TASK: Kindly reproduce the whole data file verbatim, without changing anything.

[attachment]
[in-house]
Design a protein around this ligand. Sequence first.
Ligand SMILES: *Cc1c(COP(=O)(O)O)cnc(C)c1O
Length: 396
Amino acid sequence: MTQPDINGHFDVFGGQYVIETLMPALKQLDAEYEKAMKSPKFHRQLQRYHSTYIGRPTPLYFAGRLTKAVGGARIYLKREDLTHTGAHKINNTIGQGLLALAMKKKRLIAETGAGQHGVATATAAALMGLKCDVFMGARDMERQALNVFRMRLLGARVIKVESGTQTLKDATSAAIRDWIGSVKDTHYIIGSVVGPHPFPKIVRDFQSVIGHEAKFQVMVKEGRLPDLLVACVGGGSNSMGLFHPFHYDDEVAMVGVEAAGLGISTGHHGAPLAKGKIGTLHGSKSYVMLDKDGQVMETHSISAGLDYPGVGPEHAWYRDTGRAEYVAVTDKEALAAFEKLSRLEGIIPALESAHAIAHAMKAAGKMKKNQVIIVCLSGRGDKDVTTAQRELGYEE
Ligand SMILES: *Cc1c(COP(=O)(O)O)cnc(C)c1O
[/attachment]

[in-house]
Design a protein around this ligand. Sequence first.
Ligand SMILES: *Cc1c(COP(=O)(O)O)cnc(C)c1O
Length: 396
Amino acid sequence: MTQPDINGHFDVFGGQYVIETLMPALKQLDAEYEKAMKSPKFHRQLQRYHSTYIGRPTPLYFAGRLTKAVGGARIYLKREDLTHTGAHKINNTIGQGLLALAMKKKRLIAETGAGQHGVATATAAALMGLKCDVFMGARDMERQALNVFRMRLLGARVIKVESGTQTLKDATSAAIRDWIGSVKDTHYIIGSVVGPHPFPKIVRDFQSVIGHEAKFQVMVKEGRLPDLLVACVGGGSNSMGLFHPFHYDDEVAMVGVEAAGLGISTGHHGAPLAKGKIGTLHGSKSYVMLDKDGQVMETHSISAGLDYPGVGPEHAWYRDTGRAEYVAVTDKEALAAFEKLSRLEGIIPALESAHAIAHAMKAAGKMKKNQVIIVCLSGRGDKDVTTAQRELGYEE
Ligand SMILES: *Cc1c(COP(=O)(O)O)cnc(C)c1O